football Edit

With state laws looming, many NIL questions remain unanswered

Mark Emmert
Mark Emmert (Getty Images)

Having name, image and likeness legislation in place around July 1 is crucial because state laws go into effect around that time and that’s why Pete Schoenthal, the CEO of Athliance, is excited about the next few weeks.

The NCAA Div. I Council is expected to meet June 22-23. It’s becoming widely accepted that at that meeting there will be a framework for NIL to get underway - and from there the floodgates for those deals could be opened.


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“The best way for the NCAA to avoid this crisis is to push through the legislation that they leaked in November which is the proposed NCAA NIL legislation which by the way is very strong,” Schoenthal said.

“If they do that and maybe do that for a year, the states will let the NCAA do their thing and rely on the NCAA or they will sit back and see. All of the states with their legislation although there is a prong here and prong there that are different, they’re pretty similar to the NCAA-proposed legislation. What I think is going to happen is we’re starting July 1 in every state at every university.”

Like most things surrounding NIL legislation and how it’s going to be operational at the university level, there are still lots more questions than answers.

The basic framework that most knowledgeable insiders believe is something like a third-party board reviewing each NIL deal to make sure they fall within the boundaries of fair-market value.

For example, a lawyer with ties to Auburn (or pick your school) cannot just pay a current player there $100,000 to do a commercial for that law firm. But if Auburn’s quarterback wants to run a camp and charge $50 per kid to come through and get some pointers, then those micro-deals would certainly be part of NIL.

The opportunities are endless. So are the scenarios in which current players can make money. But recruits cannot be incentivized to attend a certain school for NIL reasons and there will be an oversight committee of some sort to work through all these deals to make sure they meet certain standards. Compliance departments will play a major role as well.

At least, that’s the belief.

A handful of states are trying to implement their own NIL rules which will basically force the Div. I Council to implement something at their meeting later this month.

Schoenthal, whose Athliance software helps compliance departments manage NIL deals for athletes, said review boards and compliance departments will be crucial overseers in NIL deals. It’s all happening - and it could start happening fast.

“If an athlete gets an opportunity there will be certain things that must be disclosed to the NCAA and if there is an issue with some of those deals then there will be consequences,” Schoenthal said.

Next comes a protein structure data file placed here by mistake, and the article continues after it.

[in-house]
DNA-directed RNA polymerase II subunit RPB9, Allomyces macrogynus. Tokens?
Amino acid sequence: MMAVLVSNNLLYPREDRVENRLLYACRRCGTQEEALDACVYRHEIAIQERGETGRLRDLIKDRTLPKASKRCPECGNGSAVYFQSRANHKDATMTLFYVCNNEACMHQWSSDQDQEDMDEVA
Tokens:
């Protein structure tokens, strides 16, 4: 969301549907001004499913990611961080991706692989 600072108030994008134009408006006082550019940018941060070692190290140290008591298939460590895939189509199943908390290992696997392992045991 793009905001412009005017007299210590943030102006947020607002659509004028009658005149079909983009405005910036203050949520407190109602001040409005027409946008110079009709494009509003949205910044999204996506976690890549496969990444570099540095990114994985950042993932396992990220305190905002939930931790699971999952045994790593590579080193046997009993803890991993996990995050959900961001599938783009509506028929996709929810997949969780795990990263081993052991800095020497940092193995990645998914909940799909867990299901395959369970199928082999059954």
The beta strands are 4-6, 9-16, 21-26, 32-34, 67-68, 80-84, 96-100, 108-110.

“You need a review board just like you have in basic tax law. Compliance at the universities will be the gatekeeper on that because they will know the legislation, they know what students have to do. … It’s going to be very important for the universities to know what’s going on and to get the minutiae of those opportunities.”

One hang-up about NIL deals is that universities (or coaching staffs) cannot negotiate NIL deals, cannot put deals together for players and most certainly not recruits and yet the universities will hold some responsibility in making sure their athletes are still compliant in those situations.

It’s a tough needle to thread - and there will be some hiccups along the way as this legislation takes effect.

One question is what exactly will NIL be? Football staffs are building out their social media departments, scaling some NIL divisions to promote their athletes and partnering with brand experts.

Schoenthal understands those moves to cover bases but thinks more deals will be of the micro variety. Others in the NIL space have definitely disagreed with that.

“There has been a lot of smoke out there that marketing and branding is the most important faction of NIL and I disagree with that,” Schoenthal said. “The way I see NIL going is athletes are going to sign up for either third-party marketplaces … or 90 percent of these deals kids will get Twitter DMs or Facebook messages, moms and dads will be approached, and eventually schools will educate their athletes.

“I’ve paid for a lot of the SEO, I’ve paid for the better Web sites and to make my Instagram look better. That’s not what really gets me more cases as a lawyer. Opportunities are going to come from back home where you’re a superstar. All that branding and building your brand, realistically all these deals are going to be micro-deals.

“What’s getting lost is everyone thinking of Trevor Lawrence and Justin Fields but that’s the one percent of the opportunities.”

That might be the case. That might not be. When it comes to NIL, no one is exactly sure just yet.